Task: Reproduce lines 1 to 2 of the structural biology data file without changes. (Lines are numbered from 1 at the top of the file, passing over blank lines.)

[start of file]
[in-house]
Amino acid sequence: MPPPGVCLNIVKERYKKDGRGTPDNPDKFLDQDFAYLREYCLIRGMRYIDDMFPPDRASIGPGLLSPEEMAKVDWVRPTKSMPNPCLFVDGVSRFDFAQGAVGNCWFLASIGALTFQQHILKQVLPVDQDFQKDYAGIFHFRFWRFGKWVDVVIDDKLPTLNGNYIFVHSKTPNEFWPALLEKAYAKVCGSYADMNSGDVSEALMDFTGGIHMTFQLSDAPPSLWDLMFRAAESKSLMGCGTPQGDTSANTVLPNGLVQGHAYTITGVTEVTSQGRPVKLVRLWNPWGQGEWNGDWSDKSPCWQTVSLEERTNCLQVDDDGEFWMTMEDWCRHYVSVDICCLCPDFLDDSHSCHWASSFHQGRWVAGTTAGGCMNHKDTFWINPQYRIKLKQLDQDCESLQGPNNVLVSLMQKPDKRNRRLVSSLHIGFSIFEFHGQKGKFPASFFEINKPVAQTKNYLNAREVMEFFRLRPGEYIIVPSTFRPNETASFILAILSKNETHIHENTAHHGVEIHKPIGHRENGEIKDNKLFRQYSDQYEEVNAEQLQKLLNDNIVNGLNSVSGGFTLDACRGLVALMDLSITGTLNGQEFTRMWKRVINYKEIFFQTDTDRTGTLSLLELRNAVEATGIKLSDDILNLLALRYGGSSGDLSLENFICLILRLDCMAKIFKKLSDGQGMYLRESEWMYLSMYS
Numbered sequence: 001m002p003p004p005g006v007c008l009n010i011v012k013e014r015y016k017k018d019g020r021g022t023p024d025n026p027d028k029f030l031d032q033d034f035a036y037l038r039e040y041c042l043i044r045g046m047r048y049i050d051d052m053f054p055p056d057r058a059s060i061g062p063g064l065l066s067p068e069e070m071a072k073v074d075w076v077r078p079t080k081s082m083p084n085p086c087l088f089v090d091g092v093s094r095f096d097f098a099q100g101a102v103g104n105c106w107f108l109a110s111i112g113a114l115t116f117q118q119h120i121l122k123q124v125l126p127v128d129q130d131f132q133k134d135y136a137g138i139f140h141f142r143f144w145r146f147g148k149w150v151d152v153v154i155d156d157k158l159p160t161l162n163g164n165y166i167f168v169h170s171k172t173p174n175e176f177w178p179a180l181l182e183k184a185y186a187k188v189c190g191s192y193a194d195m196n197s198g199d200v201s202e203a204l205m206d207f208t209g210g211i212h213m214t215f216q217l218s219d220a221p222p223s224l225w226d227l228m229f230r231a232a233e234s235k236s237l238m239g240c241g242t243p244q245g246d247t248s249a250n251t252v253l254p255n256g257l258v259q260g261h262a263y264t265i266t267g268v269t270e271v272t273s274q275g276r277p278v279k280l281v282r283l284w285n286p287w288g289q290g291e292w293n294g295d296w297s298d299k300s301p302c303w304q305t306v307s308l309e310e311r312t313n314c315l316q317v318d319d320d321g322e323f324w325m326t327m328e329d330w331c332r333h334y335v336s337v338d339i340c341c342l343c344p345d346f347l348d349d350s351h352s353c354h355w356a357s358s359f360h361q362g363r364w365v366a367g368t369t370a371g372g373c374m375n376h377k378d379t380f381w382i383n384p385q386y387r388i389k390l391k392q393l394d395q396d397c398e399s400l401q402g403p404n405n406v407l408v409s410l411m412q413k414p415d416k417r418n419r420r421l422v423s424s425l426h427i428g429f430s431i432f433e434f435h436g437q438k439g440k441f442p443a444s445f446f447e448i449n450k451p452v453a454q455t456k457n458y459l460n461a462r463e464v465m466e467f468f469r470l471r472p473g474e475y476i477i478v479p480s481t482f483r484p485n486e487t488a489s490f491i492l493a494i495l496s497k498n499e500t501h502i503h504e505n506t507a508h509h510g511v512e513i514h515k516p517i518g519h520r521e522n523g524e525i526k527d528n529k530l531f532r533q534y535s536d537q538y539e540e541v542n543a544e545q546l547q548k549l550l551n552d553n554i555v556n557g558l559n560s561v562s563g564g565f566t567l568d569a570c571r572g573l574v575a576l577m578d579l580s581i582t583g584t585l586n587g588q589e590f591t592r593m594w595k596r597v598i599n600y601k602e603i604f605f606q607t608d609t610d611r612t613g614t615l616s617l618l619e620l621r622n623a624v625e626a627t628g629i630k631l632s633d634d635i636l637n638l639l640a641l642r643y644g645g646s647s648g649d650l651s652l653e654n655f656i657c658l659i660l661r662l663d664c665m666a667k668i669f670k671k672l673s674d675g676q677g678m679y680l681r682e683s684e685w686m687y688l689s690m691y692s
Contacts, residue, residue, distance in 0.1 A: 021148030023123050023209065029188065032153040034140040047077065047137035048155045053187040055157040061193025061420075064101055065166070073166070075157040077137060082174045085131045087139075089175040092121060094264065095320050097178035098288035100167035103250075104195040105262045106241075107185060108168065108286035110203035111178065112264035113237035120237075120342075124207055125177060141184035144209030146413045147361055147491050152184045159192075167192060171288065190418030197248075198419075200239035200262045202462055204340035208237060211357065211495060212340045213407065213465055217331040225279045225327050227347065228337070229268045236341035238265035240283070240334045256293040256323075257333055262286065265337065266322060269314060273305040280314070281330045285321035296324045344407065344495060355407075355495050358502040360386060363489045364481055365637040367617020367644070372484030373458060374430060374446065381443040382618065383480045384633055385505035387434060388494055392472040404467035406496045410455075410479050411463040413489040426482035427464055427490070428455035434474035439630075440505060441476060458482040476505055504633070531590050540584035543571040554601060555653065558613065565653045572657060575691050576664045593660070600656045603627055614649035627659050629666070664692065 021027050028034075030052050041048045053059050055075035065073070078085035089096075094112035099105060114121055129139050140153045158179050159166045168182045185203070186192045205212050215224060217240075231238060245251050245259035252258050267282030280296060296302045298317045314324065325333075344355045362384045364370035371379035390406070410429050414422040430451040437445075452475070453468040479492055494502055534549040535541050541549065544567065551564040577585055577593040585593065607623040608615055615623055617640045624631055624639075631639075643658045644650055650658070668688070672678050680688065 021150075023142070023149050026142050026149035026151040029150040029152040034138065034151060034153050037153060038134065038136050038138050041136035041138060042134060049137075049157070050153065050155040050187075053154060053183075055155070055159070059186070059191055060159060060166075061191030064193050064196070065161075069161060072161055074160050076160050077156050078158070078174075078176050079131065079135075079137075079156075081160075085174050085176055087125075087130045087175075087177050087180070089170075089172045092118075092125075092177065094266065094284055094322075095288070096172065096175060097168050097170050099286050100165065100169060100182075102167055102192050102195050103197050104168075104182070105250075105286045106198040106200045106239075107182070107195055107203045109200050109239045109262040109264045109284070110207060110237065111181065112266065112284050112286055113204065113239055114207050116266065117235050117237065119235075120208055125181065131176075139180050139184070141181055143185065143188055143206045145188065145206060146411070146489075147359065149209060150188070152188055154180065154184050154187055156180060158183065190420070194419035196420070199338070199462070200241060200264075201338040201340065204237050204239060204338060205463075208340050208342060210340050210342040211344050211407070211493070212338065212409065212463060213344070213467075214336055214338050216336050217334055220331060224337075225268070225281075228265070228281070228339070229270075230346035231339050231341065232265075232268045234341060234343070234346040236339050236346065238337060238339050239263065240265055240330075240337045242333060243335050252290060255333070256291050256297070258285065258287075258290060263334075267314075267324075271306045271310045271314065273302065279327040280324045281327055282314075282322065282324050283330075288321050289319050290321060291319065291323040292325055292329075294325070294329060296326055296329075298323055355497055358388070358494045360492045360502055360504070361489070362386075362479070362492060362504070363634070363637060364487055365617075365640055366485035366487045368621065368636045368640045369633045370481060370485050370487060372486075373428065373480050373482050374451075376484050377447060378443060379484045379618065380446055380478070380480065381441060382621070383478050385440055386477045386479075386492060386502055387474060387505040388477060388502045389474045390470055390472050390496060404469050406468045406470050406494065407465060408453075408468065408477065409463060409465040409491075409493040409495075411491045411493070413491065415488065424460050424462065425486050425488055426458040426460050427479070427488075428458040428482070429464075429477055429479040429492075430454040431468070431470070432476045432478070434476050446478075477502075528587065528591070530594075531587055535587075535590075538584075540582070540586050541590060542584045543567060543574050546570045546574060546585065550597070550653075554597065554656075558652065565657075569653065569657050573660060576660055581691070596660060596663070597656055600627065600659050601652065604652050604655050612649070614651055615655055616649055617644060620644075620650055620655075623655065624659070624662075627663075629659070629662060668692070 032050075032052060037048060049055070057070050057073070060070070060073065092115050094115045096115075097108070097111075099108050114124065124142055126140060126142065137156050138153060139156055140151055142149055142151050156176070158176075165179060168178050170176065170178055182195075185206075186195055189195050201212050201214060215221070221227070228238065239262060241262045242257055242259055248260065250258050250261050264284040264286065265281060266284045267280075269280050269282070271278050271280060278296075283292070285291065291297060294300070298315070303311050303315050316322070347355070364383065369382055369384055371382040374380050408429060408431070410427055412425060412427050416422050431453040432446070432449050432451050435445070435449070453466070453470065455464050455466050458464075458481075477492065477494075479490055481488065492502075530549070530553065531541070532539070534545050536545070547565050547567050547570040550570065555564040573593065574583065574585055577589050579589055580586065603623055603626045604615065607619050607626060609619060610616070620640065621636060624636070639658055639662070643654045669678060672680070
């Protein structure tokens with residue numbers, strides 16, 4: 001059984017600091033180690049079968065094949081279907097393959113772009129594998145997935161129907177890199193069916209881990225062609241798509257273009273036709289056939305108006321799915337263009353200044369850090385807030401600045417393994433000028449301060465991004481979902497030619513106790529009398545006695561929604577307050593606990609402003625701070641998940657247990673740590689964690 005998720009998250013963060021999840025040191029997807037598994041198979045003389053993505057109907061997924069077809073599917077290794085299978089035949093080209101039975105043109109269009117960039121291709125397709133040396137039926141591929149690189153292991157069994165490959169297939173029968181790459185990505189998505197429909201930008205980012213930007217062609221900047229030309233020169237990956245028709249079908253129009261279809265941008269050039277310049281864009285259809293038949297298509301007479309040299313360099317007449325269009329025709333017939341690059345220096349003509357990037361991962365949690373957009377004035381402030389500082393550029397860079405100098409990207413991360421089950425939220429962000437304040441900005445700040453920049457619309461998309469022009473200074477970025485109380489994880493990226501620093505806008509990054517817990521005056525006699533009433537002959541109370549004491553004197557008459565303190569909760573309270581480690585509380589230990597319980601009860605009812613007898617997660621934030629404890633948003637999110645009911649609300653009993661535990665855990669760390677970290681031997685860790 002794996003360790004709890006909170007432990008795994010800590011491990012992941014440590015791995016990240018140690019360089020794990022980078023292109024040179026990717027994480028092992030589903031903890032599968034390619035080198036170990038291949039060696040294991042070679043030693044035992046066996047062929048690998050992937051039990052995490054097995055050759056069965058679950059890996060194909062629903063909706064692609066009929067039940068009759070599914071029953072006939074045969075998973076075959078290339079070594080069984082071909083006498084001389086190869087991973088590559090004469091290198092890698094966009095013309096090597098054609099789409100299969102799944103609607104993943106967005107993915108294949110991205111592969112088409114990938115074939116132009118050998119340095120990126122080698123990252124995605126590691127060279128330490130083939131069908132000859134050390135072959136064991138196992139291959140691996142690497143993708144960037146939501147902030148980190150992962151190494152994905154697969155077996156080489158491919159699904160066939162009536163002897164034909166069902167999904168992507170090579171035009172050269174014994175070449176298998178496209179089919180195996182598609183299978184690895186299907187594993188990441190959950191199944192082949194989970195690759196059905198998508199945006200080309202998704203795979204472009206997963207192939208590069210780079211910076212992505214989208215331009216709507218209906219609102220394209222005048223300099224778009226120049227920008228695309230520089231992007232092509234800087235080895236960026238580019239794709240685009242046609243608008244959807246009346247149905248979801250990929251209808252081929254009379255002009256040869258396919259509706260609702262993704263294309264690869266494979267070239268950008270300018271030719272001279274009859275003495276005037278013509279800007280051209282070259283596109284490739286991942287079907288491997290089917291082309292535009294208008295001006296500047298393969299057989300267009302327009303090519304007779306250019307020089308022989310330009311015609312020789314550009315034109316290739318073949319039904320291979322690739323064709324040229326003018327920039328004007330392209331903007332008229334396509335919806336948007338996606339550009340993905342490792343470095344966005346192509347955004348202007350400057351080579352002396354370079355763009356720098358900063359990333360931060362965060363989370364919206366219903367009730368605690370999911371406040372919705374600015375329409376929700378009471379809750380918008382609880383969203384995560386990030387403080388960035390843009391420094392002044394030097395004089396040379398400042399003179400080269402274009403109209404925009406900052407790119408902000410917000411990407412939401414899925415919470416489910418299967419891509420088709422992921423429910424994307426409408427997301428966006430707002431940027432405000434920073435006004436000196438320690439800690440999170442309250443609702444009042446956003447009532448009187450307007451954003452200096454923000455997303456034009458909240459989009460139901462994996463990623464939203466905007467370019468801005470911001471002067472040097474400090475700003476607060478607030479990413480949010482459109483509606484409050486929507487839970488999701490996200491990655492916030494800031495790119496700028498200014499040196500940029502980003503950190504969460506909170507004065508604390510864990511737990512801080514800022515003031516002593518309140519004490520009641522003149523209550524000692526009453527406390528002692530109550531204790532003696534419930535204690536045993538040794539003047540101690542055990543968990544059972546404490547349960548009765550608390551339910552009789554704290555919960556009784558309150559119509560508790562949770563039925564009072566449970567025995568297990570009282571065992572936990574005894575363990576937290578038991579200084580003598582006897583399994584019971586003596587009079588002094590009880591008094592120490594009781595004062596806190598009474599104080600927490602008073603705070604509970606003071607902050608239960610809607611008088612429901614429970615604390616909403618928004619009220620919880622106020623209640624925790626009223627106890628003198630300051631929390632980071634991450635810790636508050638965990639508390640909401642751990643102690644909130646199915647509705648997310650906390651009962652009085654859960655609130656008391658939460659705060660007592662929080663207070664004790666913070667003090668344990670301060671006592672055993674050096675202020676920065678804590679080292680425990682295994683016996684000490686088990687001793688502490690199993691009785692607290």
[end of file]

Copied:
[in-house]
Amino acid sequence: MPPPGVCLNIVKERYKKDGRGTPDNPDKFLDQDFAYLREYCLIRGMRYIDDMFPPDRASIGPGLLSPEEMAKVDWVRPTKSMPNPCLFVDGVSRFDFAQGAVGNCWFLASIGALTFQQHILKQVLPVDQDFQKDYAGIFHFRFWRFGKWVDVVIDDKLPTLNGNYIFVHSKTPNEFWPALLEKAYAKVCGSYADMNSGDVSEALMDFTGGIHMTFQLSDAPPSLWDLMFRAAESKSLMGCGTPQGDTSANTVLPNGLVQGHAYTITGVTEVTSQGRPVKLVRLWNPWGQGEWNGDWSDKSPCWQTVSLEERTNCLQVDDDGEFWMTMEDWCRHYVSVDICCLCPDFLDDSHSCHWASSFHQGRWVAGTTAGGCMNHKDTFWINPQYRIKLKQLDQDCESLQGPNNVLVSLMQKPDKRNRRLVSSLHIGFSIFEFHGQKGKFPASFFEINKPVAQTKNYLNAREVMEFFRLRPGEYIIVPSTFRPNETASFILAILSKNETHIHENTAHHGVEIHKPIGHRENGEIKDNKLFRQYSDQYEEVNAEQLQKLLNDNIVNGLNSVSGGFTLDACRGLVALMDLSITGTLNGQEFTRMWKRVINYKEIFFQTDTDRTGTLSLLELRNAVEATGIKLSDDILNLLALRYGGSSGDLSLENFICLILRLDCMAKIFKKLSDGQGMYLRESEWMYLSMYS